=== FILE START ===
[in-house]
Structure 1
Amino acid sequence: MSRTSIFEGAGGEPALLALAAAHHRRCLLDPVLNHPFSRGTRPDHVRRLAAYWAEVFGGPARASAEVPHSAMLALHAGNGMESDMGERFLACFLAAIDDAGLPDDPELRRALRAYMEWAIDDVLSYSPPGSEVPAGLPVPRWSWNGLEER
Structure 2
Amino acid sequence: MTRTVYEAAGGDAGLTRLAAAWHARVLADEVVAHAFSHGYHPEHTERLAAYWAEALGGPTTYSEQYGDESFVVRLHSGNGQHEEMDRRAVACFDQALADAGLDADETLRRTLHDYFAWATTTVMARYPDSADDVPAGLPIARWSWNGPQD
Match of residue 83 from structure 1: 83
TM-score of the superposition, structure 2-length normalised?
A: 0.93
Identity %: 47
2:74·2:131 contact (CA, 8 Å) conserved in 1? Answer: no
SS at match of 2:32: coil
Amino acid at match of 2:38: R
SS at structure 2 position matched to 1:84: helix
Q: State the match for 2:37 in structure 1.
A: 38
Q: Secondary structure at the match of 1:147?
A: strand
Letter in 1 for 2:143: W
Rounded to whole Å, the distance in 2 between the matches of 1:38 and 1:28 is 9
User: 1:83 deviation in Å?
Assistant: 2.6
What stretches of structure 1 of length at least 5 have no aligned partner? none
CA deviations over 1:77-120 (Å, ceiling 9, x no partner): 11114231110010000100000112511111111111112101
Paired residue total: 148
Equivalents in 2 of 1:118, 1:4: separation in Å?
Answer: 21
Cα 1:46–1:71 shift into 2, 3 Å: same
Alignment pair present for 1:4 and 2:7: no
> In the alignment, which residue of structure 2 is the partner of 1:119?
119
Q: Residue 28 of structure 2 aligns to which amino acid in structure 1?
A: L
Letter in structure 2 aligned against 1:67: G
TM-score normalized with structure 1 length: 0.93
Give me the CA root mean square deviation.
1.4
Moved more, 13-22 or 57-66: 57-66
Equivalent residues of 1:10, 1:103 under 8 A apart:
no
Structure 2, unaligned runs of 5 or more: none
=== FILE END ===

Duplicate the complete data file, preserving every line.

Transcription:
[in-house]
Structure 1
Amino acid sequence: MSRTSIFEGAGGEPALLALAAAHHRRCLLDPVLNHPFSRGTRPDHVRRLAAYWAEVFGGPARASAEVPHSAMLALHAGNGMESDMGERFLACFLAAIDDAGLPDDPELRRALRAYMEWAIDDVLSYSPPGSEVPAGLPVPRWSWNGLEER
Structure 2
Amino acid sequence: MTRTVYEAAGGDAGLTRLAAAWHARVLADEVVAHAFSHGYHPEHTERLAAYWAEALGGPTTYSEQYGDESFVVRLHSGNGQHEEMDRRAVACFDQALADAGLDADETLRRTLHDYFAWATTTVMARYPDSADDVPAGLPIARWSWNGPQD
Match of residue 83 from structure 1: 83
TM-score of the superposition, structure 2-length normalised?
A: 0.93
Identity %: 47
2:74·2:131 contact (CA, 8 Å) conserved in 1? Answer: no
SS at match of 2:32: coil
Amino acid at match of 2:38: R
SS at structure 2 position matched to 1:84: helix
Q: State the match for 2:37 in structure 1.
A: 38
Q: Secondary structure at the match of 1:147?
A: strand
Letter in 1 for 2:143: W
Rounded to whole Å, the distance in 2 between the matches of 1:38 and 1:28 is 9
User: 1:83 deviation in Å?
Assistant: 2.6
What stretches of structure 1 of length at least 5 have no aligned partner? none
CA deviations over 1:77-120 (Å, ceiling 9, x no partner): 11114231110010000100000112511111111111112101
Paired residue total: 148
Equivalents in 2 of 1:118, 1:4: separation in Å?
Answer: 21
Cα 1:46–1:71 shift into 2, 3 Å: same
Alignment pair present for 1:4 and 2:7: no
> In the alignment, which residue of structure 2 is the partner of 1:119?
119
Q: Residue 28 of structure 2 aligns to which amino acid in structure 1?
A: L
Letter in structure 2 aligned against 1:67: G
TM-score normalized with structure 1 length: 0.93
Give me the CA root mean square deviation.
1.4
Moved more, 13-22 or 57-66: 57-66
Equivalent residues of 1:10, 1:103 under 8 A apart:
no
Structure 2, unaligned runs of 5 or more: none